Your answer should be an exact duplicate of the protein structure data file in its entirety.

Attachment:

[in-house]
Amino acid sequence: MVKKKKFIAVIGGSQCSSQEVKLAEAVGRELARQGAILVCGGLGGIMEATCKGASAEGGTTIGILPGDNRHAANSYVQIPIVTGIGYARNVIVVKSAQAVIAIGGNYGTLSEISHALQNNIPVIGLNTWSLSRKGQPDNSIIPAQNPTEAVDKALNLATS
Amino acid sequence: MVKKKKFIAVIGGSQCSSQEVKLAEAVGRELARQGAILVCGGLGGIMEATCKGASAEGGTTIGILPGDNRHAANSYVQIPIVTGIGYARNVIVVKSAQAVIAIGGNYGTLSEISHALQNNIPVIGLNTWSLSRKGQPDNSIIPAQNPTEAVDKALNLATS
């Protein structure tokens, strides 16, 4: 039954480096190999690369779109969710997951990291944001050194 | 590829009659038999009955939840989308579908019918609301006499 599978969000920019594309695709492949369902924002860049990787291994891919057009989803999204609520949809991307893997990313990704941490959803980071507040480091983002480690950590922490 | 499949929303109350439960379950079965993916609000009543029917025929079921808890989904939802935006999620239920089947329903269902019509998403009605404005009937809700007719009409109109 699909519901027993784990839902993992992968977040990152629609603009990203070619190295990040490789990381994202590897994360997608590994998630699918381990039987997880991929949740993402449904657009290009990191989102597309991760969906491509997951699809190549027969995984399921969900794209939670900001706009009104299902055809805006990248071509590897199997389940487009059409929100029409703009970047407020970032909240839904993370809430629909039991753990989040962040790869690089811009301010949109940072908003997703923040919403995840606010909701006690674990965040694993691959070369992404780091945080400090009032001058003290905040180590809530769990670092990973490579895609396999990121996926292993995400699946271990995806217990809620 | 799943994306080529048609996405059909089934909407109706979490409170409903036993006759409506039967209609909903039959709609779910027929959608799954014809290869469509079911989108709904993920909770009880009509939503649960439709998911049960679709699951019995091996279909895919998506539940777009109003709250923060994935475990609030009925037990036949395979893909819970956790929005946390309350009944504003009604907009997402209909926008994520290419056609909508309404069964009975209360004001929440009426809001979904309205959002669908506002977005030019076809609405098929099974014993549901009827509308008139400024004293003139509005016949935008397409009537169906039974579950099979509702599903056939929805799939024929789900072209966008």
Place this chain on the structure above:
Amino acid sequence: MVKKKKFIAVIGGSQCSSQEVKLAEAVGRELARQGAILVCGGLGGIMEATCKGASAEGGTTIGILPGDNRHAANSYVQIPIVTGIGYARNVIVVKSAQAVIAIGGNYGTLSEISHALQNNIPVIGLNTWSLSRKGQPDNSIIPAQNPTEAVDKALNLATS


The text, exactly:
[in-house]
Amino acid sequence: MVKKKKFIAVIGGSQCSSQEVKLAEAVGRELARQGAILVCGGLGGIMEATCKGASAEGGTTIGILPGDNRHAANSYVQIPIVTGIGYARNVIVVKSAQAVIAIGGNYGTLSEISHALQNNIPVIGLNTWSLSRKGQPDNSIIPAQNPTEAVDKALNLATS
Amino acid sequence: MVKKKKFIAVIGGSQCSSQEVKLAEAVGRELARQGAILVCGGLGGIMEATCKGASAEGGTTIGILPGDNRHAANSYVQIPIVTGIGYARNVIVVKSAQAVIAIGGNYGTLSEISHALQNNIPVIGLNTWSLSRKGQPDNSIIPAQNPTEAVDKALNLATS
């Protein structure tokens, strides 16, 4: 039954480096190999690369779109969710997951990291944001050194 | 590829009659038999009955939840989308579908019918609301006499 599978969000920019594309695709492949369902924002860049990787291994891919057009989803999204609520949809991307893997990313990704941490959803980071507040480091983002480690950590922490 | 499949929303109350439960379950079965993916609000009543029917025929079921808890989904939802935006999620239920089947329903269902019509998403009605404005009937809700007719009409109109 699909519901027993784990839902993992992968977040990152629609603009990203070619190295990040490789990381994202590897994360997608590994998630699918381990039987997880991929949740993402449904657009290009990191989102597309991760969906491509997951699809190549027969995984399921969900794209939670900001706009009104299902055809805006990248071509590897199997389940487009059409929100029409703009970047407020970032909240839904993370809430629909039991753990989040962040790869690089811009301010949109940072908003997703923040919403995840606010909701006690674990965040694993691959070369992404780091945080400090009032001058003290905040180590809530769990670092990973490579895609396999990121996926292993995400699946271990995806217990809620 | 799943994306080529048609996405059909089934909407109706979490409170409903036993006759409506039967209609909903039959709609779910027929959608799954014809290869469509079911989108709904993920909770009880009509939503649960439709998911049960679709699951019995091996279909895919998506539940777009109003709250923060994935475990609030009925037990036949395979893909819970956790929005946390309350009944504003009604907009997402209909926008994520290419056609909508309404069964009975209360004001929440009426809001979904309205959002669908506002977005030019076809609405098929099974014993549901009827509308008139400024004293003139509005016949935008397409009537169906039974579950099979509702599903056939929805799939024929789900072209966008």
Place this chain on the structure above:
Amino acid sequence: MVKKKKFIAVIGGSQCSSQEVKLAEAVGRELARQGAILVCGGLGGIMEATCKGASAEGGTTIGILPGDNRHAANSYVQIPIVTGIGYARNVIVVKSAQAVIAIGGNYGTLSEISHALQNNIPVIGLNTWSLSRKGQPDNSIIPAQNPTEAVDKALNLATS